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Sitting less more important than exercise to reduce T2DM

Individuals at high risk of developing type 2 diabetes (T2DM) would benefit from being told to sit less and move around more often, rather than simply exercising regularly, according to a study published recently in Diabetologia.1

Currently, at risk patients are advised to engage in moderate-to-vigorous physical activity (MVPA) for at least 150 mins per week. But the study suggests that patients should in fact be advised to reduce their sedentary time. The research was led by Joseph Henson (Diabetes Research Unit, University of Leicester) and colleagues.

The researchers analysed patients from two studies: 153 from project STAND (Sedentary Time and Diabetes study, mean age 33 years, 29% men) and the Walking Away from Diabetes study (mean age 64 years, 65% men). They examined the extent to which sedentary time, breaks in sedentary time, MVPA and total physical activity were independently associated with cardiometabolic risk factors in a population with known risk factors for type 2 diabetes. Accelerometers were used to assess sedentary time, MVPA, and total physical activity. Breaks in sedentary time were defined as a transition from a sedentary to an active state.

The researchers found that for patients with known risk factors for type 2 diabetes recruited from primary care, sedentary time was detrimentally associated with 2 h glucose, triacylglycerol and high-density lipoprotein (HDL)  cholesterol, independent of measured confounders. These results remained significant after further adjustment for MVPA and adiposity.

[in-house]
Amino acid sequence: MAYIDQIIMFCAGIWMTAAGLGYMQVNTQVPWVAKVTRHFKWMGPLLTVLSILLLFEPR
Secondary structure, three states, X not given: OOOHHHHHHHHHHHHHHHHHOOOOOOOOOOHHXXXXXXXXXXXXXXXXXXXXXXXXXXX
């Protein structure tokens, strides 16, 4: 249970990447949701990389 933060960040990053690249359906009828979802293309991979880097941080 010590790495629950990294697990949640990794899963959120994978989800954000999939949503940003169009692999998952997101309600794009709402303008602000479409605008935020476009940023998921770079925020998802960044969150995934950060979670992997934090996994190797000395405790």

Furthermore, the findings were consistent across groups with diverse age ranges, providing evidence that the negative consequences of excess sedentary time exist across young to old adults. Interestingly, sedentary time was shown to have stronger associations with several important cardiometabolic markers (2 h glucose, triacylglycerol and HDL-cholesterol) compared with total physical activity and MVPA, after adjustment for each other and other important confounders.

“These studies provide preliminary evidence that sedentary behaviour may be a more effective way to target the prevention of type 2 diabetes, rather than just solely focusing on MVPA. Moreover, sedentary time occupies large portions of the day, unlike MVPA,” Mr says Henson.

He adds that the new data raise questions regarding the possible prescription of optimal daily movement for health. He concludes:  “Diabetes and cardiovascular prevention programmes concentrating solely on MVPA may overlook an area that is of fundamental importance to cardiometabolic health. Along with messages related to accumulating at least 150 min/week of MVPA, which form the cornerstone of diabetes prevention programmes, such interventions may be more effective still if individuals are further encouraged to simply sit less and move more, regardless of the intensity level.”

He concludes: “This approach requires a paradigm shift, so that individuals at high risk of developing T2DM think about the balance of sedentary behaviour and physical activity throughout the day.”

References

1. Henson J, Yates T, Biddle SJH. Associations of objectively measured sedentary behaviour and physical activity with markers of cardiometabolic health. Diabetologia 2013. doi: 10.1007/s00125-013-2845-9

Published on: February 28, 2013

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